Milestone (project management)
A milestone ( English milestone , colloquially Markstein ) is an event of particular importance in project management . Milestones divide the course of the project into stages with verifiable interim goals and thus facilitate both project planning and the control of project progress.
Such events are in particular:
- Decisions about the further progress of the project.
- The presence of delivery items (Engl. Deliverables ) or intermediate results.
- Acceptance, interim acceptance and reviews (reviews) .
- Merging or branching project paths
Milestones mark the beginning of a project phase, the phase release , or the end of a phase, the phase end . Milestones can also lie within a project phase.
Gessler and Kaestner name the benefits of milestones:
- They reduce the risk of undesirable developments because they support the monitoring of project progress by means of project controlling .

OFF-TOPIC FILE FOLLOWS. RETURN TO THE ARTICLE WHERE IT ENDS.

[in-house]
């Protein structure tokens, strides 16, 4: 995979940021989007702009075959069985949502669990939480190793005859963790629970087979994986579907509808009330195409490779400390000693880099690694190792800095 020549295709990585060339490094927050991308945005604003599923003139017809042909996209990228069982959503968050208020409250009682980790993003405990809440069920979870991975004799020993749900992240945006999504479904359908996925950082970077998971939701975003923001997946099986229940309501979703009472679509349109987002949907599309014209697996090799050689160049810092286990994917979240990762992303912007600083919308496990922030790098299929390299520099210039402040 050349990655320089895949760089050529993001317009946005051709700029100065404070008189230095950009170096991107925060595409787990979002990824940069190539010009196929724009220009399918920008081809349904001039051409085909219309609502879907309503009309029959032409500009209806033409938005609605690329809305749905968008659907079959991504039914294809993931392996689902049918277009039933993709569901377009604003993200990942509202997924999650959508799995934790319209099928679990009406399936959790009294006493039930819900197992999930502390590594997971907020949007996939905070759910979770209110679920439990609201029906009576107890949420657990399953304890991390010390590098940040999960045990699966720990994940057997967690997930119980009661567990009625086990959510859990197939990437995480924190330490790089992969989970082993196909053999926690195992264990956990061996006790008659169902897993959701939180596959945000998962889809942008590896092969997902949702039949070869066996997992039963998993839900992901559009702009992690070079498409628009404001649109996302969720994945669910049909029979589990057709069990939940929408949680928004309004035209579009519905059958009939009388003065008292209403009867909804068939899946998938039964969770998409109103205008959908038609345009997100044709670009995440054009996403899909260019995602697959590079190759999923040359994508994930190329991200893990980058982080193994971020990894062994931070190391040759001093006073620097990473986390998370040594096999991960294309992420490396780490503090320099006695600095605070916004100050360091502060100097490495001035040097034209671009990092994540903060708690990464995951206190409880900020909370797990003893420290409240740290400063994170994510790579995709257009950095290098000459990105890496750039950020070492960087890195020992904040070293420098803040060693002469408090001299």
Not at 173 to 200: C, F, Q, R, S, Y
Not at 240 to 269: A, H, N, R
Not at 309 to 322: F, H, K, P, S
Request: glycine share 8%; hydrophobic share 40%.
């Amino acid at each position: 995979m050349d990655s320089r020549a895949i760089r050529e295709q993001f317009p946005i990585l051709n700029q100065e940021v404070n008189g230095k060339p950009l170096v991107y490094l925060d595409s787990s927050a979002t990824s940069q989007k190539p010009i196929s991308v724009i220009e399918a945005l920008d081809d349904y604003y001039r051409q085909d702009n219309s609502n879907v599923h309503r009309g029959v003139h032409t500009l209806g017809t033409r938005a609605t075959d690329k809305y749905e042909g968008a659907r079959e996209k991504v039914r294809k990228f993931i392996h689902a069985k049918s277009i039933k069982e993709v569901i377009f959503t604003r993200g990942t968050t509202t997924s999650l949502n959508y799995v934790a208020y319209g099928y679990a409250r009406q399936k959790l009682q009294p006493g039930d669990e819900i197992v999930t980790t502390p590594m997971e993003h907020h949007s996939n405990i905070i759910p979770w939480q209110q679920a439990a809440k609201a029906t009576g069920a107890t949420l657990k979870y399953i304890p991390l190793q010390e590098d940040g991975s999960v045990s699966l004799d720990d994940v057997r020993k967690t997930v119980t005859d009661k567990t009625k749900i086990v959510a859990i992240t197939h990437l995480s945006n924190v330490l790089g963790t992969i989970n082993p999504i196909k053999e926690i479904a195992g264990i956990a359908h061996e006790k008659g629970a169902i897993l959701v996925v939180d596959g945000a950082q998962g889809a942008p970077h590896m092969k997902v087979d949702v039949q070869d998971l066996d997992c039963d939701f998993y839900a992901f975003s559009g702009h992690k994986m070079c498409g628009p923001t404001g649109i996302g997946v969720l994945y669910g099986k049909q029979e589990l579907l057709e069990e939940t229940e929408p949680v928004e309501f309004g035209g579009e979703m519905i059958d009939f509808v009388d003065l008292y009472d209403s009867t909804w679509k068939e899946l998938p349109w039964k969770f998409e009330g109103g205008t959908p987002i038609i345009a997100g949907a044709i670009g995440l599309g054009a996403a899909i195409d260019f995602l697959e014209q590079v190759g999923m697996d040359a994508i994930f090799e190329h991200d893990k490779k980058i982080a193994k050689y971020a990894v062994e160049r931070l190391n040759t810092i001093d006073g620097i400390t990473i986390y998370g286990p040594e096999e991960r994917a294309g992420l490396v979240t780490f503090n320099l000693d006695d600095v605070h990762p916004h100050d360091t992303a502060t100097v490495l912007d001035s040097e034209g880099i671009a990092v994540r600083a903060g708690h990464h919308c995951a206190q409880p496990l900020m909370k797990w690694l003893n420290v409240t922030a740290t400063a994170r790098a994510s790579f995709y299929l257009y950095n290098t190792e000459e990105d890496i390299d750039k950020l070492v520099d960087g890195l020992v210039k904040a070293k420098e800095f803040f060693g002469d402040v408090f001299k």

- They support an orderly transition between the project phases.
- By making decisions on project completion and phase approval, they enable the client and, if necessary, the project steering committee to be continuously involved .
- They enable the employees to be continuously goal-oriented, create a sense of achievement and synchronize collaboration. Thus, they are also a means of leadership and motivation.
They can be implemented and measured in concrete actions. For this purpose, the test criteria must be defined in advance - otherwise the test would not be objective, but arbitrary. The criteria are often stored in the form of checklists or forms. Milestones are formulated realistically and can be achieved through project work.
The milestone trend analysis tries to derive a forecast for the further project progress and especially for the project end date from the time shift of milestones.
- DIN 69901-5
- Gessler, Michael; Kaestner, Rolf: Project phases . In: German Society for Project Management ; Gessler, Michael (ed.): Competence-based project management . 4th edition. tape 1 . German Society for Project Management, Nuremberg 2011, ISBN 978-3-924841-40-9 , p. 351 .
- Gessler; Kaestner; P. 353.